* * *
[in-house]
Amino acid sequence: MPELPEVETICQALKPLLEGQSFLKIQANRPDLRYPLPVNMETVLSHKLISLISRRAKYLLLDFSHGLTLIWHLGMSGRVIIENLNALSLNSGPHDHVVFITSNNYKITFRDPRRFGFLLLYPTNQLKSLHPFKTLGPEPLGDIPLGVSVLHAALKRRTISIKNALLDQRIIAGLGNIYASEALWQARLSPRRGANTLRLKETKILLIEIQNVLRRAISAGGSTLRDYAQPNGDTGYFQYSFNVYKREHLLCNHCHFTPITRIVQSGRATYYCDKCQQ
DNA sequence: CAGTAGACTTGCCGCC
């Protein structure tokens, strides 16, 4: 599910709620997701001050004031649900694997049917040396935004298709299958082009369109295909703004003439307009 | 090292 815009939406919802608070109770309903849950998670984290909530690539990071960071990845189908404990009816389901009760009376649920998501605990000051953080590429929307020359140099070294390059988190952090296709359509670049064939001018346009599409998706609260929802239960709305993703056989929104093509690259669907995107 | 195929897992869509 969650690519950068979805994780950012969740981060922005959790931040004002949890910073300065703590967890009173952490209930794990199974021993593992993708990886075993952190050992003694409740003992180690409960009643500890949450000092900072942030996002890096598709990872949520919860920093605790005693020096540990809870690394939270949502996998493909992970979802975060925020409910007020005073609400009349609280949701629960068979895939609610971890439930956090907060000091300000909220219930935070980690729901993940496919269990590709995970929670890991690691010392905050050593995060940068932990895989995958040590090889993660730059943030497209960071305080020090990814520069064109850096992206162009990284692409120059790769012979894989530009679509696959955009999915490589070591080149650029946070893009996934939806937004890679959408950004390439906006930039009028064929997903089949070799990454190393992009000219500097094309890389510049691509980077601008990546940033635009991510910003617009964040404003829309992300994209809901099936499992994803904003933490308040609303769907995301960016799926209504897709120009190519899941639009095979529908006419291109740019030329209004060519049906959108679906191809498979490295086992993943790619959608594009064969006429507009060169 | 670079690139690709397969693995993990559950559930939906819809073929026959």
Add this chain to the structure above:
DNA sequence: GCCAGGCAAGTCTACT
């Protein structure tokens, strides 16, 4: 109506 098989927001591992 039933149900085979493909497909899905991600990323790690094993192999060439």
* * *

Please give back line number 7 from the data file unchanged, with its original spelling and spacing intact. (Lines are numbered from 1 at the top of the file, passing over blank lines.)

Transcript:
């Protein structure tokens, strides 16, 4: 109506 098989927001591992 039933149900085979493909497909899905991600990323790690094993192999060439």